What should be done with HR? Keep HR what HR has been always about... It is high time to create a separate "Talent Maximization" (Talent Management) position that reports directly to the CEO. Move training and development to Talent Management. Allow HR to do the "People Accounting" and negotiating with unions.

From time to time, I have seen positions where they are inherently set up to fail. Why? Because too much is expected from one person for a job to be successful. In other words, there are jobs where from the onset, failure is the outcome.

I am not a "basher" of HR. HR performs invaluable functions... But I strongly believe it is time to stop expecting EVERYTHING people-related from HR.

For the record, I have observed a few HR departments pull it off - Talent Management AND HR - (At the Fortune 100 level). But for all of the HR departments I have observed, I can count only a handful who have pulled it off with some degree of success...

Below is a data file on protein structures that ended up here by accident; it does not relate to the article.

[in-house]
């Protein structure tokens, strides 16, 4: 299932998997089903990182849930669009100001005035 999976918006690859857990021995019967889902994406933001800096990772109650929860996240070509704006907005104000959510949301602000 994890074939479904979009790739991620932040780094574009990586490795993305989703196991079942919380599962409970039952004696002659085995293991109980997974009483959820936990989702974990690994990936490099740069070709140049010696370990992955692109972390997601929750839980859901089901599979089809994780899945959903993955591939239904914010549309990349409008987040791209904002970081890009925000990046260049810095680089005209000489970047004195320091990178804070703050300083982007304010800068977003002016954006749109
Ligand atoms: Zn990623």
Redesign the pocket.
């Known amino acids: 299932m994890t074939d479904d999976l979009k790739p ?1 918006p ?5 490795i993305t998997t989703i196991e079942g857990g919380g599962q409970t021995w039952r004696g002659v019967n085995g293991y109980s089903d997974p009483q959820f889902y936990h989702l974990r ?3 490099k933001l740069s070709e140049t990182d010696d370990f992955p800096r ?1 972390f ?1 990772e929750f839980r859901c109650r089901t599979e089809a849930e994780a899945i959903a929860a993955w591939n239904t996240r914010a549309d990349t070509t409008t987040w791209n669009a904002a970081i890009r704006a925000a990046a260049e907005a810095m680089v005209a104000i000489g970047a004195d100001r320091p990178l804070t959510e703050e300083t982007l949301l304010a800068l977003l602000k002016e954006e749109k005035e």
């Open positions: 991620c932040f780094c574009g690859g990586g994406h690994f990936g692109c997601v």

With rare expection, HR is incapable of being the strategic talent maximization partner it is inherently failed to be.

That is my "two cents"...

Keep rockin' Steve!

Michelle Malay Carter

Hi Steve,

Yes, your post gets to the heart of a very sticky matter, and the four box grid could apply to many vague titles and functions.

If I might add to this line of thinking, a work levels model allows for a universal way of qualifying all roles according to complexity level just like temperature allows for a universal way of measuring heat. It doesn't matter if it's an orange, a rock, helium or a bucket of sea water - you can measure and compare the temperature of any. For more on work levels, you can look here: http://www.missionmindedmanagement.com/not-all-work-is-created-equal-exploring-work-levels-1-through-4

Thanks for the point to a useful model that I might want to expand upon over at MMM.


Michelle Malay Carter

Scott McArthur